Students comfort one another at the site of the crash in Olney, Md., that killed Shawn Gangloff, 15, on Labor Day weekend in 2014. Another passenger, Max Dechter, 17 at the time, was seriously injured. (Michael S. Williamson/The Washington Post)

The 17-year-old driver in a Labor Day weekend crash that led to the death of one Sherwood High School student and left another severely injured pleaded guilty Friday at a court hearing where prosecutors estimated that he was driving 119 miles an hour.

Austin Donovan Hall was impaired by alcohol after an underage party in Olney, Md., in 2014 when he lost control of the car on a curve in the road in a 35-mile-an-hour zone, prosecutors said. The Chrysler convertible he was driving veered and struck a tree.

Shawn Gangloff, 15, was ejected from the car and suffered fatal injuries; Max Dechter, then 17, was severely injured.

At the hearing in Montgomery County Circuit Court, Hall answered a judge’s questions solemnly as he pleaded guilty to a charge of vehicular manslaughter in Gangloff’s death and a charge of causing a life-threatening injury while driving impaired by alcohol. The second charge came in relation to Dechter’s injuries. Hall faces a maximum of 12 years in prison for the two charges.

Prosecutors said Hall’s blood-alcohol level was 0.11 when he was tested about 4 a.m. The crash occurred shortly before 1:30 a.m. Aug. 30.

As part of the plea agreement, Hall’s attorney withdrew a motion for the case to be moved to juvenile court. Hall was indicted on six charges in March, including for allegedly violating restrictions on a provisional driver’s license.

Hall and his parents did not comment after the hearing, but the family’s attorney, Craig Schoenfeld, said they “chose to proceed in this way today because Austin wanted to honor and respect the families by taking responsibility for his actions.”

The Gangloff and Dechter families attended the hearing, with some relatives wiping away tears as the crash was recounted. Max Dechter, still recovering, attended wearing a neck brace and bandages covering one arm.

In an interview after the proceeding, Dechter and his mother said the teenager was hospitalized for five weeks and was in a rehabilitation hospital for five more months. His neck was fractured and an elbow shattered, and he suffered a traumatic brain injury that required him to have to learn to eat and walk again.

“I had to relearn everything,” Dechter said.

“It’s a parent’s worst nightmare: a knock at the door at 1:30 a.m.,” Jackie Dechter said, remembering that she was at first told her son’s chances of survival were poor. “We thought we were going to the hospital basically to say goodbye.”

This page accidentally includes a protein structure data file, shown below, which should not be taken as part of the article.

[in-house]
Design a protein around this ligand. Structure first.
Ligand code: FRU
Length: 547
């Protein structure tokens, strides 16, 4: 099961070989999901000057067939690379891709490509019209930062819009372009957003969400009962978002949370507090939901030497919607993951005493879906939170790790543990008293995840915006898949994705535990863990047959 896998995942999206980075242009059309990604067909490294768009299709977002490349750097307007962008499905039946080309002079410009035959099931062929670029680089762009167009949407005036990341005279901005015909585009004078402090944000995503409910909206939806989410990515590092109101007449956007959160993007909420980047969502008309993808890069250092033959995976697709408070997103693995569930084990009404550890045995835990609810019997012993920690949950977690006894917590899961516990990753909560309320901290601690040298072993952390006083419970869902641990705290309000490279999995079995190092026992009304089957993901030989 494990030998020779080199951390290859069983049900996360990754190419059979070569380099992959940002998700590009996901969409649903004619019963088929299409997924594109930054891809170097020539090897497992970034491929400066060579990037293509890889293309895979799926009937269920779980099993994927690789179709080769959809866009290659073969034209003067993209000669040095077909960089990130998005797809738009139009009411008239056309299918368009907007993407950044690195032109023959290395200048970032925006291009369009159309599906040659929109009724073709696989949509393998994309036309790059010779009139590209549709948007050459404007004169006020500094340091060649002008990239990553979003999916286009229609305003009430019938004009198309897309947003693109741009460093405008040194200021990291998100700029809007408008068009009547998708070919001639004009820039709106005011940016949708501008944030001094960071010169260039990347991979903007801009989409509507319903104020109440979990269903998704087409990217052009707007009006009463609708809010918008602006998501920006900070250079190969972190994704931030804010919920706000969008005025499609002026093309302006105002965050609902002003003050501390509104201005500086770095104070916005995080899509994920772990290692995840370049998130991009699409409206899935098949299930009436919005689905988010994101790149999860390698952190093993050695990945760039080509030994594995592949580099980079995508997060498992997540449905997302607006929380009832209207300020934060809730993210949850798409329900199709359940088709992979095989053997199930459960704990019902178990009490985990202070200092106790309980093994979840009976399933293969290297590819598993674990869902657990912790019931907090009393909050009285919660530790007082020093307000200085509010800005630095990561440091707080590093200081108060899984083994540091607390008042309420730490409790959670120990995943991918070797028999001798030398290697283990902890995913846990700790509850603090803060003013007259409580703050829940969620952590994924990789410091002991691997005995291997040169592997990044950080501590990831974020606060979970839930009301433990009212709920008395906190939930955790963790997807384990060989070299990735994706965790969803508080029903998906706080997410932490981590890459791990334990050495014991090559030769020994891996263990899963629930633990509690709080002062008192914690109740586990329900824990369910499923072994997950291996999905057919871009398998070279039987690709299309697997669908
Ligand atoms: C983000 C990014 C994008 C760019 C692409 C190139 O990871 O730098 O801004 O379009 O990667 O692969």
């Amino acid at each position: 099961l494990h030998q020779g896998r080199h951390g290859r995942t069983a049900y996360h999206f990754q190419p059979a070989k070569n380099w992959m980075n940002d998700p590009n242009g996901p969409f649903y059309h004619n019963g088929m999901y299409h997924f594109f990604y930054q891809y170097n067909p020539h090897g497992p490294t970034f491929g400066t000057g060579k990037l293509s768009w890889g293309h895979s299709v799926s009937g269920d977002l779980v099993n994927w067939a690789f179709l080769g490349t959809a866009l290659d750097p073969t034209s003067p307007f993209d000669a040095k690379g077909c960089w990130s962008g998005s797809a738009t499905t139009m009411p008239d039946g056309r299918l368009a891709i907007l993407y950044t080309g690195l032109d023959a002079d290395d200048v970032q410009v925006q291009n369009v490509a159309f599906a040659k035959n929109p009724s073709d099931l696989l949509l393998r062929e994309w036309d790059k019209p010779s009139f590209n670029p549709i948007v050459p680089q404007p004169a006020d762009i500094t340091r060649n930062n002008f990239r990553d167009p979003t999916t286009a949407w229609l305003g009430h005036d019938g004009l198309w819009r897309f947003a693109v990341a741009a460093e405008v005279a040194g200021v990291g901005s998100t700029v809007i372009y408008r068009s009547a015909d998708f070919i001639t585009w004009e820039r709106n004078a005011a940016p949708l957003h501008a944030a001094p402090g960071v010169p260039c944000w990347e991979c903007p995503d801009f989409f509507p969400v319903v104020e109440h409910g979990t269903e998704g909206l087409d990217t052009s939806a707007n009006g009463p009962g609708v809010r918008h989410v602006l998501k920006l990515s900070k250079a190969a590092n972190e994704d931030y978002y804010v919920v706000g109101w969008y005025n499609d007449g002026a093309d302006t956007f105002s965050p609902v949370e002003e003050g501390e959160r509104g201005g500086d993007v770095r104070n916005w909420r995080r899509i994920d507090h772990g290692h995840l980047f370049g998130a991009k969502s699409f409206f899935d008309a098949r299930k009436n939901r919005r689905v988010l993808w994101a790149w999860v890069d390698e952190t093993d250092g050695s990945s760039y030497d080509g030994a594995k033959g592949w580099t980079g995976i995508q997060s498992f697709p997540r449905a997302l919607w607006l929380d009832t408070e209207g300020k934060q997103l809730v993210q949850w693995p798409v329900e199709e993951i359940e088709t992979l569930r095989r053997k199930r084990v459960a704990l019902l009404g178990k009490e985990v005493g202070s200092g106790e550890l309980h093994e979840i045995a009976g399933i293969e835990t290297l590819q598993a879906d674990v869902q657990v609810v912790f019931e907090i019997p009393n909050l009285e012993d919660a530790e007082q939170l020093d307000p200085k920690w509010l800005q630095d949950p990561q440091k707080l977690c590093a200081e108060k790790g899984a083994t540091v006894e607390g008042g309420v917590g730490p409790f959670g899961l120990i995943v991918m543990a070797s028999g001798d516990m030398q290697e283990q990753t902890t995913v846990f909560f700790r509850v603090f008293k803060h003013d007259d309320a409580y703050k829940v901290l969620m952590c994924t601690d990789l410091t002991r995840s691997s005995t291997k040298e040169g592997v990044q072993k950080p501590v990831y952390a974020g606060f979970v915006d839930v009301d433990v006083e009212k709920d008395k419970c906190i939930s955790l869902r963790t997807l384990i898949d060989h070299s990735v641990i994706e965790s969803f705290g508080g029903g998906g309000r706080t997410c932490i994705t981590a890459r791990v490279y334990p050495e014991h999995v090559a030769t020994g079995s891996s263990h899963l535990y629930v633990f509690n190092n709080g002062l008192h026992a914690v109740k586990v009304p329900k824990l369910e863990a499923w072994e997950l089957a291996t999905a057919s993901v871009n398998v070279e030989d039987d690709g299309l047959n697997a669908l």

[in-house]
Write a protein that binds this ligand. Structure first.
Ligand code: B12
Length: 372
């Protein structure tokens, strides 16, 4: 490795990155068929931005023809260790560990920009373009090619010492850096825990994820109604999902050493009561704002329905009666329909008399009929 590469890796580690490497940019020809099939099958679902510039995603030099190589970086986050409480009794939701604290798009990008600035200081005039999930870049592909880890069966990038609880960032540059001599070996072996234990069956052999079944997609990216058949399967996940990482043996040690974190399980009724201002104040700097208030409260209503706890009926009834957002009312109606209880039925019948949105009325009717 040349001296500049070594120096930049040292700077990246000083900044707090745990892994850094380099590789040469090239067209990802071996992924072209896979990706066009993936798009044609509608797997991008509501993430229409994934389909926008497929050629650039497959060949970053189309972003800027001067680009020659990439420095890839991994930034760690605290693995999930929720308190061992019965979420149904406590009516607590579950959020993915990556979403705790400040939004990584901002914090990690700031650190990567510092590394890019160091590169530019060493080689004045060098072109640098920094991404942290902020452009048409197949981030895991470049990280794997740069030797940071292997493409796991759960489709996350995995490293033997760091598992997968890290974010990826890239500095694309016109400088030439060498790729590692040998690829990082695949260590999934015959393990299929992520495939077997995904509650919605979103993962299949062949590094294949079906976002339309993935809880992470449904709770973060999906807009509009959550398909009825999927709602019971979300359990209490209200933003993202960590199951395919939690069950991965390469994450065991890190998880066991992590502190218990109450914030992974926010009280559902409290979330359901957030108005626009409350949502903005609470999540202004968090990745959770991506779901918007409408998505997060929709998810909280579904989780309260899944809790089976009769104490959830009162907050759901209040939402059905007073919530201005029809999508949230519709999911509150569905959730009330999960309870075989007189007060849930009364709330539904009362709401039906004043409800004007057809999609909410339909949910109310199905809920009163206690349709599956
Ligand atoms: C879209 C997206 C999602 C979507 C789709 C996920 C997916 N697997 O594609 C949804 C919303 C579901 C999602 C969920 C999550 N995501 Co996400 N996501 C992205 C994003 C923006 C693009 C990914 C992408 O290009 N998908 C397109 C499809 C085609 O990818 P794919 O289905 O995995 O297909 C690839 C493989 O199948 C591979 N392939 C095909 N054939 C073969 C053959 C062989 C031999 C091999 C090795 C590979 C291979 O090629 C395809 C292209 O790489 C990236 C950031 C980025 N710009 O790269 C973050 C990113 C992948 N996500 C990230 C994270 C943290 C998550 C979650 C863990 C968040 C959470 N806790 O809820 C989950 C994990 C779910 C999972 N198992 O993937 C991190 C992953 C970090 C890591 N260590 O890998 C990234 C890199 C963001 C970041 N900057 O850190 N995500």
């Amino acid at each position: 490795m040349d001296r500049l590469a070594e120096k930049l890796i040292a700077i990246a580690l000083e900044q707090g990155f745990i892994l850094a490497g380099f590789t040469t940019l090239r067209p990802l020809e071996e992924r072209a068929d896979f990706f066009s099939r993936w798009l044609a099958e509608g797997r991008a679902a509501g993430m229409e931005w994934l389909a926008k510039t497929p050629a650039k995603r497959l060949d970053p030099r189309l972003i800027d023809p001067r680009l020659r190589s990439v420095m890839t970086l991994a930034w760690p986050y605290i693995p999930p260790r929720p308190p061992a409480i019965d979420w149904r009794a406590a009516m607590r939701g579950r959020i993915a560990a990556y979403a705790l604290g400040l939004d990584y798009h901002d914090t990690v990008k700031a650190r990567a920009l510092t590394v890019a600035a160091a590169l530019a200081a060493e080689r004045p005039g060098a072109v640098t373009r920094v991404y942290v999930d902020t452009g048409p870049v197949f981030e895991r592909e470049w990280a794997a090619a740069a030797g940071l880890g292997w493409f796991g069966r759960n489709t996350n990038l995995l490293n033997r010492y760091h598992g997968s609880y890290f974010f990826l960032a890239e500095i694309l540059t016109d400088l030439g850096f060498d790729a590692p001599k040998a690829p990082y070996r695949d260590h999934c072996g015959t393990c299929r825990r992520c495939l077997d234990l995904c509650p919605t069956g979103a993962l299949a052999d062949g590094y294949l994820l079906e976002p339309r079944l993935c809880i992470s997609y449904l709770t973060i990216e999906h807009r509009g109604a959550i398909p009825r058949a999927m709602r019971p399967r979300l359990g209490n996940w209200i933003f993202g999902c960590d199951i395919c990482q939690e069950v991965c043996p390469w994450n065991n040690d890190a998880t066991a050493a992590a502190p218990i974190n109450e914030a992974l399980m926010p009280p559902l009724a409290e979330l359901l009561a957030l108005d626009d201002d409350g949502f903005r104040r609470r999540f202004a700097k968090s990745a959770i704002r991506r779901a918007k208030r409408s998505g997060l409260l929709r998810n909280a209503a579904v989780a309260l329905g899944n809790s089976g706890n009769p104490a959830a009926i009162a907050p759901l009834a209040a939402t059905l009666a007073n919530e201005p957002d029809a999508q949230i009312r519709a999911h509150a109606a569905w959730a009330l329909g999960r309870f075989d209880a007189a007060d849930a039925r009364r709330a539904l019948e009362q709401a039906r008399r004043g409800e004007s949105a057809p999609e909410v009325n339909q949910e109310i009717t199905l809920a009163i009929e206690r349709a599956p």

The Dechter and Gangloff families said they were not looking for the maximum punishment for Hall but believed it was important that the teen take responsibility for his actions. Hall’s sentencing is scheduled for Sept. 10.

“We want a message sent to the community that you have to be accountable for your actions,” said Allison Gangloff, Shawn’s mother. “Anybody who drinks and drives.”

Shawn’s father, Rick, struck a similar note, saying it is important that “there be some sort of sentence that would not only rehabilitate Austin but would send a message to our community that there are consequences for your actions. Our hope is that no other family would have to go through what we have gone through.”

The Gangloffs said they were anguished to hear of the June crash that killed two teenagers recently graduated from Montgomery County’s Wootton High School. That crash also followed a teen party, with authorities citing alcohol and speeding as contributing factors.

“It was just devastating to me,” Allison Gangloff said. “I felt for those families so much.”

“How many county high schools have to go through the same pain?” asked Deborah Potter, the Gangloffs’ attorney.

Montgomery County police spokeswoman Lucille Baur said Friday that Maryland has “social host laws” that allow authorities to prosecute parents or homeowners responsible for venues where underage drinking parties are held, even if they are not present during such events.

In the Olney case, Baur said, the parents were not charged because they were out of the country at the time of the party, and investigators determined that they could not be held accountable in that particular case.

Both families said the months since the crash had been unimaginably difficult. It came after the first week of the school year. Max Dechter said he and Shawn Gangloff were close friends and lacrosse teammates.

“The only reason he’s here is because he was belted,” Jackie Dechter said of her son. “That’s what saved his life.” Shawn was not wearing a seat belt.

Max Dechter said his message to other teenagers would be not to get in a car with a driver who has been drinking. “It puts others at danger and yourself at danger,” he said.